I was disappointed in Bioshock: Infinite in the end. The game started out like gangbusters, with an incredible world, solid action, and the same kind of set-up that allowed designer Ken Levine to explore complex issues in such depth with the original Bioshock.
Then all of it ran aground on the shoals bad ideas, all of them linked to the festering problem at the core of the game: nihilism. The thin silver strand of hope and moral seriousness that made the grim world of the original bearable is almost completely repudiated in the sequel. It’s odd: the world of Bioshock: Infinite is more bright and beautiful than the world of the original, but the world of the original was less morally oppressive.
The worst thing Levine did with the sequel was to twist the best character–Elizabeth–into a force for evil. I kept expecting him to pull back and offer redemption, but nope: he just kept doubling down right through an ending that mocked baptism and the very notion of freewill, and DLC that made her character even worse.
Catholic writer Paul Schumann has posted an interesting review that provides some good perspective on the game:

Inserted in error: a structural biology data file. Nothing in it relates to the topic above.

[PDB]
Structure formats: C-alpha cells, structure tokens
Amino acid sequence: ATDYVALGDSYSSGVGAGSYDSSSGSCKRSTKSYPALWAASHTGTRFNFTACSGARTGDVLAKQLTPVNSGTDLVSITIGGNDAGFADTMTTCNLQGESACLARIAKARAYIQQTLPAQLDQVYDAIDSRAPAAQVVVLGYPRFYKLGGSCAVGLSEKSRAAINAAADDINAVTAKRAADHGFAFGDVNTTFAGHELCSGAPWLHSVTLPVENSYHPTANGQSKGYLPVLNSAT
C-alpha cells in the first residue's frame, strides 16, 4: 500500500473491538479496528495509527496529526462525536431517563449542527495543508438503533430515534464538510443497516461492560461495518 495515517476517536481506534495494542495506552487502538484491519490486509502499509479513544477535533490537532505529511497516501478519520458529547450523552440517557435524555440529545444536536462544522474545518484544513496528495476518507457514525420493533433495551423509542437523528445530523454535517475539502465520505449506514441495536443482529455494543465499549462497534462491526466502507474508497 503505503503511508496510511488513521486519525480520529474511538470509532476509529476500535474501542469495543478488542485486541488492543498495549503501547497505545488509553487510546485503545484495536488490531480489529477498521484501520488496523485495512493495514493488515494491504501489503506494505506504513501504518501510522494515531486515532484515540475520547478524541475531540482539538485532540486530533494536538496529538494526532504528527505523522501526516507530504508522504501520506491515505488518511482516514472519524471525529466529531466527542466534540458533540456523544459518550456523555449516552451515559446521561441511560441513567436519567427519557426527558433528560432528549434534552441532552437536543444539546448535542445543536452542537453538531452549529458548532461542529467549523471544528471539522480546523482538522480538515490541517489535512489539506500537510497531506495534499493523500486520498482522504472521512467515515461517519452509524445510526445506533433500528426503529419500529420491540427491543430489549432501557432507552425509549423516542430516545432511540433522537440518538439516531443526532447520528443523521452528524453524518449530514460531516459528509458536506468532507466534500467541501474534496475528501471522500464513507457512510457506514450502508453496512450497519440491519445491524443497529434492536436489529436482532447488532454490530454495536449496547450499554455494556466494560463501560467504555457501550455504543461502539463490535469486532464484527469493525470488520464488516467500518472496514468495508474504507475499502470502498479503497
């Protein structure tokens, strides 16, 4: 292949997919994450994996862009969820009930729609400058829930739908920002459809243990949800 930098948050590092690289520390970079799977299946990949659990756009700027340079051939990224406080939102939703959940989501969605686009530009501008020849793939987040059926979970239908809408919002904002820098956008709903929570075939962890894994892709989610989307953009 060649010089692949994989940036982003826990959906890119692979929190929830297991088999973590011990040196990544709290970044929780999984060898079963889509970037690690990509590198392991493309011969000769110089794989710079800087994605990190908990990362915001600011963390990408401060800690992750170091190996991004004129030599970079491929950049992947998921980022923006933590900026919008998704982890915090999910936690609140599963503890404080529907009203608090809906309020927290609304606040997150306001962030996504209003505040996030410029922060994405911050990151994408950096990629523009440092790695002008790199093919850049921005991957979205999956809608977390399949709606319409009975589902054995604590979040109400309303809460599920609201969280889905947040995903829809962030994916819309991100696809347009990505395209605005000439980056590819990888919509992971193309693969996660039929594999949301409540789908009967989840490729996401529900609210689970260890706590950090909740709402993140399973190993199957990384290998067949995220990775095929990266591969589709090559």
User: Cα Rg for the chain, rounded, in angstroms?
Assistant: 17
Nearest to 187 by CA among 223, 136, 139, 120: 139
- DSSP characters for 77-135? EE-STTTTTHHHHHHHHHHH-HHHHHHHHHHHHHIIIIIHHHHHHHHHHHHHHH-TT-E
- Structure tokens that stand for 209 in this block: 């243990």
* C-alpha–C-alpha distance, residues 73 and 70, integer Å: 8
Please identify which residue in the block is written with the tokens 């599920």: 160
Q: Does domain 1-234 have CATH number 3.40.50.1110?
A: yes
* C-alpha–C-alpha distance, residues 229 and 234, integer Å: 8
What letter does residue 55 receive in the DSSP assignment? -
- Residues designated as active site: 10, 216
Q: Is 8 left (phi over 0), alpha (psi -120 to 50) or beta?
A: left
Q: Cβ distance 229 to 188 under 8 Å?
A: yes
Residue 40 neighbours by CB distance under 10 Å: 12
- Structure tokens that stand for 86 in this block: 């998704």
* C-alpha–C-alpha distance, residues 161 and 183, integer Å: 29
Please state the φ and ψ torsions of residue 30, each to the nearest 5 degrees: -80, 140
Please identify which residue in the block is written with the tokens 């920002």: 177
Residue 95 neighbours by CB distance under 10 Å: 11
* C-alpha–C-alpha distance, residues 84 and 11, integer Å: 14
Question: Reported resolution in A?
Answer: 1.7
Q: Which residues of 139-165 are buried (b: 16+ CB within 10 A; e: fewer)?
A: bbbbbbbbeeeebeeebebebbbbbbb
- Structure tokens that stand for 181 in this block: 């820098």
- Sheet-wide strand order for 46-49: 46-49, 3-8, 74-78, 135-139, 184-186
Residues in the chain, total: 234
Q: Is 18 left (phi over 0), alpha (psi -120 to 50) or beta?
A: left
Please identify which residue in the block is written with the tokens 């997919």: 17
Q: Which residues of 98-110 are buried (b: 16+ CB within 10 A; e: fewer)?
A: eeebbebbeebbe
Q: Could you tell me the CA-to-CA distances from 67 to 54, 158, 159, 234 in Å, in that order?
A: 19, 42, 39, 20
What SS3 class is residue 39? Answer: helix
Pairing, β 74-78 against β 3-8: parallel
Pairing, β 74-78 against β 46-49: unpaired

Levine has said he doesn’t set out to write a story for any particular agenda. Levine deserves credit for writing characters who are interesting rather than seeking to please whichever interest groups are in vogue. He certainly achieves that — there’s no question that the Lutece twins, Booker, and Elizabeth are beloved by fans. But what is BioShock: Infinite trying to say if choice is meaningless? Through Infinite’s tale of amnesia, madness, death, and despair, the player learns that attempting to do good is folly. Death for the protagonist is the only way peace can be secured; you can’t see Booker and Elizabeth ride off into the sunset. I almost wonder if Infinite’s nihilistic ending is a sly statement about the huge amounts of time gamers spend with their favorite pastime. In a way, the only way to stop the madness of Infinite is to stop playing the game. As much as “player choice” may be a tired or poorly executed game mechanic, the fact does not change that we are human beings who can and must choose.
At best, Infinite warns the player not to be Booker. According to Thomas Aquinas, Natural Law can be discerned by reason, so one’s path shouldn’t be regarded as entirely a result of chance, environment, or fate. If anyone is doomed, it is the person living an unexamined life. Booker DeWitt would seem to fit the bill. He’s not concerned with good or bad — he’s the guy with the gun. In light of that, the takeaway from BioShock: Infinite is simple (forget trying to explain the rabbit holes of different dimensions). Booker’s unexamined life makes him a slave to his passions, and refusing to face his faults leads him to use religion as yet another excuse for his bad behavior.